13 Feb 2020
The metal plates of a plastic injection mold

The plastic injection molding process

The basics of the plastic injection molding process: melted plastic injects into a metal mold. The plastic material cools inside the mold and hardens into the finished product. The product releases when the two halves of the mold separate and the plastic ejects. 

How does injection molding work?

Put simply, injection molding is a process used in manufacturing to create parts and products as quickly and efficiently as possible, without sacrificing quality. The molding machine injects liquid plastic or metal into a mold in order to create a product. A manufacturer can create multiple pieces simultaneously, and in quick succession, using this technique. 

You can read more about the basics of plastic Injection molding here.

A metal plastic injection mold showing the plates separated

What is injection molding

 used for?

Injection molding is most often used when a producer needs to manufacture a large number of plastic products, usually over 100 pieces. The process offers a number of advantages, most namely a low cost per unit. Injection molding creates an incredible number of everyday products. In fact, there’s a good chance that you’re near one right now. From computer mice to car parts, plastic injection molding is an integral part of our lives.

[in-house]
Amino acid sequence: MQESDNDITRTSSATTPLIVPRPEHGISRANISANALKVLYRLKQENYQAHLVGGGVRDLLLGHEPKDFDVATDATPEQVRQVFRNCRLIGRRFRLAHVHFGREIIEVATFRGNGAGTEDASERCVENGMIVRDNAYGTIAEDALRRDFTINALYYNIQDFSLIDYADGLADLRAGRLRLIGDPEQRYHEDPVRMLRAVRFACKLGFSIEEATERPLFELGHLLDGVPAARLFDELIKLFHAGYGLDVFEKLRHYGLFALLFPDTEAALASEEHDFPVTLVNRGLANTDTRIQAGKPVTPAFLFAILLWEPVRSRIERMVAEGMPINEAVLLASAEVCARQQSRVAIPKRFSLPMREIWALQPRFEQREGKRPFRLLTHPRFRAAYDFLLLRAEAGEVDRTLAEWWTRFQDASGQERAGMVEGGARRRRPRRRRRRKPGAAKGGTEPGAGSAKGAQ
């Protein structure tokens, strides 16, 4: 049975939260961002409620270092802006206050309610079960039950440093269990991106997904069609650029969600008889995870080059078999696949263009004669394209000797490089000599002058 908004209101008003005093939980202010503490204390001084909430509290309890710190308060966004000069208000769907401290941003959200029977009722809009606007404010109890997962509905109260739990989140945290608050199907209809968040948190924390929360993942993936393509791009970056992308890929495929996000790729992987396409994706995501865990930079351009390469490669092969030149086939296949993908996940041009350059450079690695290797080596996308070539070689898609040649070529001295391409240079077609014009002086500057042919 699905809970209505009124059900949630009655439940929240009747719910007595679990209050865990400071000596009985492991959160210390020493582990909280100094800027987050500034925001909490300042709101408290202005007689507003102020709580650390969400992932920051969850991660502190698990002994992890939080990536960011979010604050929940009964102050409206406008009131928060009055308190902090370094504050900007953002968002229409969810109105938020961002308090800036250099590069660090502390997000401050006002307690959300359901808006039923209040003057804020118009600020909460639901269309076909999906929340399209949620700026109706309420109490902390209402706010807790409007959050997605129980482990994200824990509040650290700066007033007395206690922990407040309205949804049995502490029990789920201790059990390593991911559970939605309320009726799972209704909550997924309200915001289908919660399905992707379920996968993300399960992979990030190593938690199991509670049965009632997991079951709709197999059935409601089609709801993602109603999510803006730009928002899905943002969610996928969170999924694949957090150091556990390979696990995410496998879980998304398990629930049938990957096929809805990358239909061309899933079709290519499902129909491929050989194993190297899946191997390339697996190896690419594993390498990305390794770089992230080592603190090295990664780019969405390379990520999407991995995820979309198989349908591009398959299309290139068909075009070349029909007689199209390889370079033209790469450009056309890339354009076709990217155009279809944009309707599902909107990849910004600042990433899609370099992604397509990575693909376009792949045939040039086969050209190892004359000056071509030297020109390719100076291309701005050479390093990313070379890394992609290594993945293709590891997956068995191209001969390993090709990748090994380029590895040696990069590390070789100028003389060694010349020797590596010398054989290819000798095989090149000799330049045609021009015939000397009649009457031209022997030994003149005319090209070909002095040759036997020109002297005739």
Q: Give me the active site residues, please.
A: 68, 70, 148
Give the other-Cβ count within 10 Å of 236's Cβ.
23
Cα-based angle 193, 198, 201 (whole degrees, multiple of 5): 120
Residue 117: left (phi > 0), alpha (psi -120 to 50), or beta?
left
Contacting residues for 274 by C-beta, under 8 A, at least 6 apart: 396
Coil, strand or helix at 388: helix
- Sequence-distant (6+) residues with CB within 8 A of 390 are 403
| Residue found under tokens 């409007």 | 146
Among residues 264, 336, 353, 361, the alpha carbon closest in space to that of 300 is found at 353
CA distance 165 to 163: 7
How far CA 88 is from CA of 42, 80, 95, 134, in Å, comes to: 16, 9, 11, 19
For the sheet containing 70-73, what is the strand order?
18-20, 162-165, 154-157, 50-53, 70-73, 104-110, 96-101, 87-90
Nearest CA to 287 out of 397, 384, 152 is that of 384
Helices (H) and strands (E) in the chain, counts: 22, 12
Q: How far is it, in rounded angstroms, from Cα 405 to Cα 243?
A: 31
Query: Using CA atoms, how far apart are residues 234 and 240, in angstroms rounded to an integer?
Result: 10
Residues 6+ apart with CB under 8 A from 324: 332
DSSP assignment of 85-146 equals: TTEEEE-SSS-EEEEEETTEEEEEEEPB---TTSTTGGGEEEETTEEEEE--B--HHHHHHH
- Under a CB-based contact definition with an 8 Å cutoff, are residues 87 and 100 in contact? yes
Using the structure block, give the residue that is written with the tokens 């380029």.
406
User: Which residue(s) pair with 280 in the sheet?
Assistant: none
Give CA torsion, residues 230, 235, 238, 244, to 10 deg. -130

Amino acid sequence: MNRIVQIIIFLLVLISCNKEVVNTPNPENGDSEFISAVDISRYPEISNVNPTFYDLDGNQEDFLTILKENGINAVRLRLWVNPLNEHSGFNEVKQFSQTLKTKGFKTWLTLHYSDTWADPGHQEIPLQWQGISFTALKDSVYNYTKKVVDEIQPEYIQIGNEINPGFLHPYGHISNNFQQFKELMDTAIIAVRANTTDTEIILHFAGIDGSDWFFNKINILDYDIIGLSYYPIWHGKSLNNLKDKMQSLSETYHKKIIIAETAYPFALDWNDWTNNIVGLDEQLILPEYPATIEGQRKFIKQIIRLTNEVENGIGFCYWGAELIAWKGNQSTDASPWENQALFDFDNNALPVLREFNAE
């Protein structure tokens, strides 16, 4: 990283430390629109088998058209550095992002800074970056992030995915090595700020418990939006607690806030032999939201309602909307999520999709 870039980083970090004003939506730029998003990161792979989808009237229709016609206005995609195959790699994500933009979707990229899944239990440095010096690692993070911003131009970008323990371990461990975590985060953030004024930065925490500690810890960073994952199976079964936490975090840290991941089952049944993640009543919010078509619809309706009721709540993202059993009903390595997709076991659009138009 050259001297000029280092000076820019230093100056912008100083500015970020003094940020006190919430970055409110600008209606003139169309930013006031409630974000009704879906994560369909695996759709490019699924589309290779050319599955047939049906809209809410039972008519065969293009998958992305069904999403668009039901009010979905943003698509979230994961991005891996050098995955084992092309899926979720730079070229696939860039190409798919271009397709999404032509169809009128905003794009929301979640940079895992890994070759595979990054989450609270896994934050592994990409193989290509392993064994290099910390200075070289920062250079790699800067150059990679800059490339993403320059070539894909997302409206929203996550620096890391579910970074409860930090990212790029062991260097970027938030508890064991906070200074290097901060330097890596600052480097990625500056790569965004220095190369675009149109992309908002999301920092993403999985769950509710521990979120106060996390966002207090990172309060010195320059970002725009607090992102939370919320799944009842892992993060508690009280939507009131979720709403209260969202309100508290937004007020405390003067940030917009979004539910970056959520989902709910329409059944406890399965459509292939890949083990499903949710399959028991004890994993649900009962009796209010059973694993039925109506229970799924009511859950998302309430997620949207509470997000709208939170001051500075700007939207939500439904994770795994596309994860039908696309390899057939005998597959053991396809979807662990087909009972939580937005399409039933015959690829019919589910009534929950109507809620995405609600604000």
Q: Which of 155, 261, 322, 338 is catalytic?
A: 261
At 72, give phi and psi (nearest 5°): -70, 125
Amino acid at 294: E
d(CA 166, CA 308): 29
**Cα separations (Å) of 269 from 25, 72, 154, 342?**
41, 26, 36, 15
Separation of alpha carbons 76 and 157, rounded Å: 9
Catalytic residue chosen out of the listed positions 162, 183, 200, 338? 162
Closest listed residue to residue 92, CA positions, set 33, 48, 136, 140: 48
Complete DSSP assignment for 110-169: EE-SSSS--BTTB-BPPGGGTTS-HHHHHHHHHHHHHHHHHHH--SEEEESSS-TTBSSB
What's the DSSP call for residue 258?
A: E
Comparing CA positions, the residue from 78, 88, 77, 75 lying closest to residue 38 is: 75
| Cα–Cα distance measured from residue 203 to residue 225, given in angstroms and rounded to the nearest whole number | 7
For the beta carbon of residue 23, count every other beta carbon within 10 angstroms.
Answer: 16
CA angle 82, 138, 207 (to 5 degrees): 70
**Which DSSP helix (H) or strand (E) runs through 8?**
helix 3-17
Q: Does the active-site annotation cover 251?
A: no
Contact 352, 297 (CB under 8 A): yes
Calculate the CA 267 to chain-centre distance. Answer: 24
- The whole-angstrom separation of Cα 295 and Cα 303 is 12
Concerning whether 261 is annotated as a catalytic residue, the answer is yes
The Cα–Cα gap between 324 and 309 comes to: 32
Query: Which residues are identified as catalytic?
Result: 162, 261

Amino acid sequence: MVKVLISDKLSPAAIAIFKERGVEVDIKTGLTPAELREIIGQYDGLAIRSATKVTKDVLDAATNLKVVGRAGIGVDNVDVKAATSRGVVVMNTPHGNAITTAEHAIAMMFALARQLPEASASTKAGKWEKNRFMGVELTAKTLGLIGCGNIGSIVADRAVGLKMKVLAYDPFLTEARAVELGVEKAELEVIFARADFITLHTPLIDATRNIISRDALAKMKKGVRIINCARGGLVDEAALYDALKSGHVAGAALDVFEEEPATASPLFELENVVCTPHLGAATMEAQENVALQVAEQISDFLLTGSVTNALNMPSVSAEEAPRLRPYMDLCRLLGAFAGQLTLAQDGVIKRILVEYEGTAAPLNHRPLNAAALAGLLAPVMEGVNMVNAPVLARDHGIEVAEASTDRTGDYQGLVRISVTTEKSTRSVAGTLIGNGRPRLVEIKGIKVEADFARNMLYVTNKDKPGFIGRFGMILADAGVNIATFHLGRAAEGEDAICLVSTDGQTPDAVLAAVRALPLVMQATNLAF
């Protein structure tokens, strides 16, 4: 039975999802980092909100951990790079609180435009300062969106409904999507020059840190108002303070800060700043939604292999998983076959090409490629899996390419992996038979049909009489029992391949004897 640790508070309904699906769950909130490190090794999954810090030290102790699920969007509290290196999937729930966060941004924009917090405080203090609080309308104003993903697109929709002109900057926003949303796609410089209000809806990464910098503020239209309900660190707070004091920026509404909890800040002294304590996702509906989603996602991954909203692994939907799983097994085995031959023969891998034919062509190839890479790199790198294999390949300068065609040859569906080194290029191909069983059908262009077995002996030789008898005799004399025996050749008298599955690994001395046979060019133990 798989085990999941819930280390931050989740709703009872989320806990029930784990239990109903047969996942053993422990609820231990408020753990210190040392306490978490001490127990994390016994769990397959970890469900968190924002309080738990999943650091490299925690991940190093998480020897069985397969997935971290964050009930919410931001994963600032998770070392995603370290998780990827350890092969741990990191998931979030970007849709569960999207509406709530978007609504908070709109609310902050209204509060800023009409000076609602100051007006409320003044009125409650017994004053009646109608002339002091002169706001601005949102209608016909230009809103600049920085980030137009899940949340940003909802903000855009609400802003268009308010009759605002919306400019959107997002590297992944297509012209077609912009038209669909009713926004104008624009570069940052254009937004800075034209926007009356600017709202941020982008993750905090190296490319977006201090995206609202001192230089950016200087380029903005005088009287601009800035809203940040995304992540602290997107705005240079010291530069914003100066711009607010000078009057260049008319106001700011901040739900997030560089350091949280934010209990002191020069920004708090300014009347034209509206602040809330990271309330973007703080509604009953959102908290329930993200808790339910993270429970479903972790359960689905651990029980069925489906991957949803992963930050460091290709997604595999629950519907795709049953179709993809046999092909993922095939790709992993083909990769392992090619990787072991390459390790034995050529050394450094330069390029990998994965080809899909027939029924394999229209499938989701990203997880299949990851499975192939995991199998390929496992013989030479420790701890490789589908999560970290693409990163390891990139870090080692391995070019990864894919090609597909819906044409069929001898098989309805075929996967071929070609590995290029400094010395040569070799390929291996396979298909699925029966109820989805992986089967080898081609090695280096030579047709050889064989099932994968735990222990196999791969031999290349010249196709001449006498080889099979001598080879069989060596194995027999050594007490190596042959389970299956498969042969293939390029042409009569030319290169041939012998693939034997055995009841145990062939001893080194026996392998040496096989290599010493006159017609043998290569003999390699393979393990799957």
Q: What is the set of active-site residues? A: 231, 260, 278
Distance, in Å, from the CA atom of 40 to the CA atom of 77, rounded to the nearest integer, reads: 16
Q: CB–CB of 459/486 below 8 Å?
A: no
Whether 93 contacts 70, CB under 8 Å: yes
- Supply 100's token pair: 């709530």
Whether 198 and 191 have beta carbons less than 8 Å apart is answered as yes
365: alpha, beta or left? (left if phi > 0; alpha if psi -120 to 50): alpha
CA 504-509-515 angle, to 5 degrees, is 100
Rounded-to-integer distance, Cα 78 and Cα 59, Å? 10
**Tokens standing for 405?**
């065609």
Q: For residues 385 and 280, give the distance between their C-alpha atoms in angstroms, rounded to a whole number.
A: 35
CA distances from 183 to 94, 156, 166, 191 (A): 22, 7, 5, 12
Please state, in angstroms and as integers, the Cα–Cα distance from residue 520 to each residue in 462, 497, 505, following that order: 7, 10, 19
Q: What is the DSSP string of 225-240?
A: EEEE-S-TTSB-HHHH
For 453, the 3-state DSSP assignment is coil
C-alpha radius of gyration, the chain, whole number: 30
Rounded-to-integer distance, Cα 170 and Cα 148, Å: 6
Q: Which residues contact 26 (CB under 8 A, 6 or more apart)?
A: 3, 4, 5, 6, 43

Read more about the costs of injection molding here.

Injection molding process steps

  1. Melt plastic
  2. Inject the molten plastic into a mold
  3. Let the molten plastic cool to a solid state
  4. Remove the hardened product from the mold

Alt text- metal injection mold plates

Injection molding process control 

When it comes to the quality of molded products, there are a number of specific processes that must be accounted for and controlled. 

Key to the injection process as a whole, temperature has a huge impact on a mold’s performance. Each plastic material has a specific melting point, so different projects require careful adjustment. 

Another factor to monitor and control is pressure, applying to both the injection and the mold cavity. Too much pressure will cause material to be extruded from the mold. Too little can cause the product to be incomplete.  

Plastic injection molding process problems

A worker preparing a plastic injection molded product

When working with a molder, it’s important to understand the problems that can arise during the process. Some issues are inevitable, but the information you gain here will help you know what to look out for. With this in mind, you’ll better communicate quality issues with your molder and optimize your relationship. 

  • Short shot – The mold doesn’t fill completely and the part is incomplete
  • Splay – visible gray or silver streaks on the finished product caused by excess moisture in the material
  • Weld line – a line or seam that forms where liquid material comes together
  • Burning – Burn marks on the product caused by air trapped in the mold
  • Flash – Plastic that escapes out of the cavity, creates a thin layer of plastic sticking off of the part that must be trimmed
  • Sink – A dimple or depression in the part, caused by low pressure in the mold

At Rex Plastics, we use the latest in injection molding technology and technique to ensure that your project is completed as efficiently as possible. 

Injection molding at Rex Plastics

The injection molding process can seem daunting at first, but understanding the steps involved can help to clear the matter up. Our expert staff has years of experience helping clients get exactly what they need.  If you have questions about manufacturing a product using injection molding, contact us for more information. 



  1. you are providing us wonderful knowledge and very much useful and relevant do provide more information do more update on this topic

Post a comment